Fleuriot Fleurs probably won’t see a rush of customers when it opens on Monday for the first time since Switzerland went into lockdown. But manager Louise Barradi doesn’t have time to worry about a slow pickup just yet.
“We have been under water, we have had so many deliveries,” she said.
The Geneva-based florist has received about 200 orders a day from online customers during the month-old shutdown, with the best sellers being tulips and peonies. One client even spent CHF 1,500 to spruce up their home.
Online sales have proven to be a vital channel for many florists to offset losses from the closure of big clients like restaurants and hotels. Those businesses will remain closed Monday as Switzerland begins relaxing its coronavirus control measures.
Blumen Schipfe, in Zurich’s city center, has been online for over two decades. Most of its orders now come from regulars who either phone in or e-mail in their orders.
“Business has been incredibly good,” said owner Martin Abplanalp. “People are in absolute need of something colorful on their tables during the lockdown.”
Switzerland is home to about 1,500 florists employing some 5,000 people, according to estimates from florist.ch. Urs Meier, who heads the association, says the pandemic will hit the smaller players the hardest.
“Those who have not taken advantage of their opportunity to deliver, and who have not gained new sales channels and customers, will have a difficult time,” he said. “The economic situation of small and medium-sized flower shops has been precarious for a long time.”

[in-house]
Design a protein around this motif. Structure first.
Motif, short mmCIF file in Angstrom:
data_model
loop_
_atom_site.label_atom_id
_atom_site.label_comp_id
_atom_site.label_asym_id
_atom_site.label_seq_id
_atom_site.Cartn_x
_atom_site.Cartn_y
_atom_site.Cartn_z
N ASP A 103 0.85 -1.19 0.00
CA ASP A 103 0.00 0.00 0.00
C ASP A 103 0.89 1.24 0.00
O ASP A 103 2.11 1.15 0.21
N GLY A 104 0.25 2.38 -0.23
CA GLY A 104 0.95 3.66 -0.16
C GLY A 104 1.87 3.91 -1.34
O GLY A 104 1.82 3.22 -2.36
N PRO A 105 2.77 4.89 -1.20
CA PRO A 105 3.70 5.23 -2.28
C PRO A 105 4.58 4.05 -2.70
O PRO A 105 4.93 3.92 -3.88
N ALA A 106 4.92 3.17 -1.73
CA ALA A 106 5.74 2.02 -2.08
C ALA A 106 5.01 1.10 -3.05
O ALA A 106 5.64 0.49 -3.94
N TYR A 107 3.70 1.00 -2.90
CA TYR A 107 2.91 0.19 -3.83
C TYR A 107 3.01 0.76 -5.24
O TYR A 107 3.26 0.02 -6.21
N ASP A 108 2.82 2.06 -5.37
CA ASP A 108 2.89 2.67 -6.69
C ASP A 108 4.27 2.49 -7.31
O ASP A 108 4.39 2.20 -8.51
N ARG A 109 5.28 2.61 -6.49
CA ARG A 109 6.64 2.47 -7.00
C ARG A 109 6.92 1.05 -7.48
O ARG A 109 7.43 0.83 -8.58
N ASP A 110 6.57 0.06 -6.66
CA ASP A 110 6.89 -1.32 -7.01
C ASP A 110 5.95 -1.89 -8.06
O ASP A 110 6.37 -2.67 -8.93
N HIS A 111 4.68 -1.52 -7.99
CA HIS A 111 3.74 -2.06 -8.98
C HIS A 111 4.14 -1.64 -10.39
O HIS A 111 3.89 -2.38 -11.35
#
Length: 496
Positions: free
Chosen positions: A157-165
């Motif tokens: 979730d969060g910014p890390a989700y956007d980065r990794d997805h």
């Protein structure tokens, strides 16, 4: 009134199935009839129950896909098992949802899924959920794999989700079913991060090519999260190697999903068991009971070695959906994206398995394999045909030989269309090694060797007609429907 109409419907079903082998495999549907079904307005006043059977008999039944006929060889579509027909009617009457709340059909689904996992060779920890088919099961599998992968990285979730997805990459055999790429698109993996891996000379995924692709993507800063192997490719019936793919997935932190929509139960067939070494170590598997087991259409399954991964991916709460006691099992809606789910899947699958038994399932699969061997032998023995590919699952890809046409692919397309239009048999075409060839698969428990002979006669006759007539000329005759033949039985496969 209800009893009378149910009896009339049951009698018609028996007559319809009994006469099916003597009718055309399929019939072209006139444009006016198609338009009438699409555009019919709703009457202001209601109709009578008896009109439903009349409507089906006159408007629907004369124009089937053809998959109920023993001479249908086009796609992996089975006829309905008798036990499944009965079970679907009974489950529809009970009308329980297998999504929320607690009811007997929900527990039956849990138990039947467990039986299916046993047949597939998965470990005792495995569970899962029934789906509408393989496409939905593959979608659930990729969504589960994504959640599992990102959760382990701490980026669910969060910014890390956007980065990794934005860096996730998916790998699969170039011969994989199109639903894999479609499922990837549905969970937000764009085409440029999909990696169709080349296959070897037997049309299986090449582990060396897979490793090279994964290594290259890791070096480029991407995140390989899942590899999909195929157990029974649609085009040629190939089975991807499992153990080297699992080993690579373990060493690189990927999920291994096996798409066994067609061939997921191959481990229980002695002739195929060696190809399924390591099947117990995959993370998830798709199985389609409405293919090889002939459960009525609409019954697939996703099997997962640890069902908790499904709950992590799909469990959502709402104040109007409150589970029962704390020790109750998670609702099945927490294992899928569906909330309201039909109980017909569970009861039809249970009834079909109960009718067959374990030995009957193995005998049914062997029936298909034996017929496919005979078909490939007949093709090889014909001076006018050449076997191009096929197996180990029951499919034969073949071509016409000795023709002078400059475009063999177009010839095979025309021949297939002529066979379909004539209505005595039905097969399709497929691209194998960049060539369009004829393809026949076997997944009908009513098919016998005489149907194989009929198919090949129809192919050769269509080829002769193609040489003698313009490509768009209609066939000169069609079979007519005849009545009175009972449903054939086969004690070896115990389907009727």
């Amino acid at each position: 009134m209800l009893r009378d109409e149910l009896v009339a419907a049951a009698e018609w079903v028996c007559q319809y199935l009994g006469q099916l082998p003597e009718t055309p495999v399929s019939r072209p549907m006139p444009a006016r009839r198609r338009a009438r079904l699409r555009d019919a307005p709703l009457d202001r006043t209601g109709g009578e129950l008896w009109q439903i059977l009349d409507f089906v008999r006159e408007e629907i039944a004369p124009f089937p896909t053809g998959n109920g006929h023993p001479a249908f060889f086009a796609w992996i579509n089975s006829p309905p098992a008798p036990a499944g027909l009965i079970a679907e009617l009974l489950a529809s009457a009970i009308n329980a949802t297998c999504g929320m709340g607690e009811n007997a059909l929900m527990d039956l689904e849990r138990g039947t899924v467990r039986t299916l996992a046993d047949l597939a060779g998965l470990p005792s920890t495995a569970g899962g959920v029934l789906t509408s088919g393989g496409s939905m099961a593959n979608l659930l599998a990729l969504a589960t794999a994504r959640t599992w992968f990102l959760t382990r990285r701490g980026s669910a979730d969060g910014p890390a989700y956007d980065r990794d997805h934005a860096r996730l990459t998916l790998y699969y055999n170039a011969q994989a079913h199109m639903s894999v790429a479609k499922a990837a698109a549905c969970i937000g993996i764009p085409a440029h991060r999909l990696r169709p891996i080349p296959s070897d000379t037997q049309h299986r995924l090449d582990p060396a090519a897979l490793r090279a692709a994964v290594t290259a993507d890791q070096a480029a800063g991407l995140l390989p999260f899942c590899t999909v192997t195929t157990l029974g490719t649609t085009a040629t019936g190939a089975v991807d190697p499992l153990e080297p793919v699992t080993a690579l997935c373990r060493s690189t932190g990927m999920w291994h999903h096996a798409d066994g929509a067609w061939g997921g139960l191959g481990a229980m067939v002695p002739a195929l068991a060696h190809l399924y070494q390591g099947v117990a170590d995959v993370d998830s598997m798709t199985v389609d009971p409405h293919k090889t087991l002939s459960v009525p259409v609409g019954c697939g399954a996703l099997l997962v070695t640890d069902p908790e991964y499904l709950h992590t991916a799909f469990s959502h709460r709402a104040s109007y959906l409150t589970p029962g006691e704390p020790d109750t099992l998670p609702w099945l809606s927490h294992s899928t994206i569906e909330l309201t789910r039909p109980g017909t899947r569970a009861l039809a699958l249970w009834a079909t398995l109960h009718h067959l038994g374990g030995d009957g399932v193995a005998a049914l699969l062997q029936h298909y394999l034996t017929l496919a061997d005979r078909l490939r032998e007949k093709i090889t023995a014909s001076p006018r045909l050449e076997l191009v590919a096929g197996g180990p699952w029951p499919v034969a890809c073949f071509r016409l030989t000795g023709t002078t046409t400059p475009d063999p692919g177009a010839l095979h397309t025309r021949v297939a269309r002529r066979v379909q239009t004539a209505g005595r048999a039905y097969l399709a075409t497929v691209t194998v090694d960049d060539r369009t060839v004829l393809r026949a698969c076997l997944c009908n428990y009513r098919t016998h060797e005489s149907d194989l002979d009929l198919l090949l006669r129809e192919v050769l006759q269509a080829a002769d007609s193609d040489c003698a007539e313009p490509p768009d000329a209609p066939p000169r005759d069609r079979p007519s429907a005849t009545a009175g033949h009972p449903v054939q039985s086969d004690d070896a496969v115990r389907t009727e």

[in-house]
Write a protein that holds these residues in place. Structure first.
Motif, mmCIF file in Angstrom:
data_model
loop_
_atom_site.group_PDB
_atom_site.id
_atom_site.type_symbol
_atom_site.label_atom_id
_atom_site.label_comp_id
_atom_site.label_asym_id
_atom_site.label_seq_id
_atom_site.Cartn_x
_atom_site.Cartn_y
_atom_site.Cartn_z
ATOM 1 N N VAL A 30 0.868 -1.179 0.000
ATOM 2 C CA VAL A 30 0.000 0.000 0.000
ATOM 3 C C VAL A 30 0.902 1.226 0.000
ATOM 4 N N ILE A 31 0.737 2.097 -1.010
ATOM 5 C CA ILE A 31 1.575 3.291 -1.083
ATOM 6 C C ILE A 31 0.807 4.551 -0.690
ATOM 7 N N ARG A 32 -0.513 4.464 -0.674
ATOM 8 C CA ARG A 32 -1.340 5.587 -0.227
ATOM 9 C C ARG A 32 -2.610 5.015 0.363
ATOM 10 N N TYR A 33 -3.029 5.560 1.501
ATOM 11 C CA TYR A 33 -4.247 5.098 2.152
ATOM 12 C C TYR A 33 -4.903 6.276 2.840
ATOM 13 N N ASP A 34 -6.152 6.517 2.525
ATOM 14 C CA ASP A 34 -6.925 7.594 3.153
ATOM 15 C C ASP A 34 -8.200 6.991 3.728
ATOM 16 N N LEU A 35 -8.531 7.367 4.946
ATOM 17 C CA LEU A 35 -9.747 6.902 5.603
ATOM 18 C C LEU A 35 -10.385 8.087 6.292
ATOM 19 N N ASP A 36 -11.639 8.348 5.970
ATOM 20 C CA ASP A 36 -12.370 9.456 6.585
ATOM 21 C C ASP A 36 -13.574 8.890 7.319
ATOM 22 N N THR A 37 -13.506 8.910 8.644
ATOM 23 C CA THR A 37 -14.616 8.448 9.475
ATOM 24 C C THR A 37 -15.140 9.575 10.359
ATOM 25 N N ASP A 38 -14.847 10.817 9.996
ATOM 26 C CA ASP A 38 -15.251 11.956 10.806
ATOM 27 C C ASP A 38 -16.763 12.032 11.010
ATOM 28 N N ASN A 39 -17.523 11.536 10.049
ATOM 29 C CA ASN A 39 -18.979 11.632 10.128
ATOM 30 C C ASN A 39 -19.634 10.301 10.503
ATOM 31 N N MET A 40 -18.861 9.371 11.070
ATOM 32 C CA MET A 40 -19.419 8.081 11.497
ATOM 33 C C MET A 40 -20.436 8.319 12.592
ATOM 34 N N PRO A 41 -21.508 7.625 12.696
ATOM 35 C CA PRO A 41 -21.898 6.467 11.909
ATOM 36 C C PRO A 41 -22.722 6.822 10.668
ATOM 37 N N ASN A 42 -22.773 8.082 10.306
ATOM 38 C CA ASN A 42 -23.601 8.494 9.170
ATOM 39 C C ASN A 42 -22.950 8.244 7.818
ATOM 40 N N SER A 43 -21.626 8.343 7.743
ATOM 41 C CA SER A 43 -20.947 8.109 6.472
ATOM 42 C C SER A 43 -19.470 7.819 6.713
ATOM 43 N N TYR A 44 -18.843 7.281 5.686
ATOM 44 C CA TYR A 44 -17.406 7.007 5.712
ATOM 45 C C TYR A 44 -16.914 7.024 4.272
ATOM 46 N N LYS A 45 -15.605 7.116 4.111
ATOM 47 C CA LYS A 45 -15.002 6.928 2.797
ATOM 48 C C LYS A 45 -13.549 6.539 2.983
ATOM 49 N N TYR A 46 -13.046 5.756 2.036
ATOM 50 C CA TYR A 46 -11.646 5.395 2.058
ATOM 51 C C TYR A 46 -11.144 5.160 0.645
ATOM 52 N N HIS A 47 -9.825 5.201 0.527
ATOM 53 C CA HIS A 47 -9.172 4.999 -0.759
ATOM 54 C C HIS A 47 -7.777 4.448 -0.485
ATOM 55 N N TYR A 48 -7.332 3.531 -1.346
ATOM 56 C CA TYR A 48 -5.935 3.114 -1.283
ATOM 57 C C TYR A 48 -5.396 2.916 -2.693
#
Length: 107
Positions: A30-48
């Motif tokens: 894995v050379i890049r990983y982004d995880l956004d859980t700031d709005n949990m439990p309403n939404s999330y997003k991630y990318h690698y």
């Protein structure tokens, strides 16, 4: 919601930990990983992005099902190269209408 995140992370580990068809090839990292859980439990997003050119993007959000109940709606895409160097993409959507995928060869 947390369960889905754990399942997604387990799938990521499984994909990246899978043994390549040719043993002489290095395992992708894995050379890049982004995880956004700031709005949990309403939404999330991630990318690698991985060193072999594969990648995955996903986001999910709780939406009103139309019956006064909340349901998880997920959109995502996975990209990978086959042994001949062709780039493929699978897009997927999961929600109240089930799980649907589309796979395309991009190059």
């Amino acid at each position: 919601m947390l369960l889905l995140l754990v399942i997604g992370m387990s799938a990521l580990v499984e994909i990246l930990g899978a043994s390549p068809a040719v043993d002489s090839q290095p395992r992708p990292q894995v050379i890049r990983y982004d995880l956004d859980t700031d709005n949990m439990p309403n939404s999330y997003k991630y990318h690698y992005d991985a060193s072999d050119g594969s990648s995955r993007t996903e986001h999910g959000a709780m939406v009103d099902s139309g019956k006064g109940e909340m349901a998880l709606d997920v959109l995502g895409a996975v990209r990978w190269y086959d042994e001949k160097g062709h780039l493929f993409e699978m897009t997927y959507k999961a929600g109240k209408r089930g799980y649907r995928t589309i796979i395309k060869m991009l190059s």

BlütenBlatt in Lucerne won’t be opening on Monday. Owner Priska Trautwein says it’s not economical because the store is too small to safely accommodate many customers. She, too, has had to rely on online orders to keep the business going, delivering more than 200 orders over the Easter weekend.
A fresh start
Florist.ch has set out guidelines for florists opening their doors on Monday. This means practicing social distancing of two meters in the waiting area, limiting one staff member to every 10 square meters, and having a protective screen at the checkouts. It also includes putting up health posters and providing disinfectant for customers and employees.
Fleuriot Fleurs will start with a slimmed-down workforce—from 45 to about 15 people. It plans to offer more plants for exteriors next week, as people spend more time on their terraces and balconies.
“We do not expect very many customers, at least for the time being,” Meier said. “This is contrast to DIY stores and garden centers, where I think that a lot of customers will turn up.”
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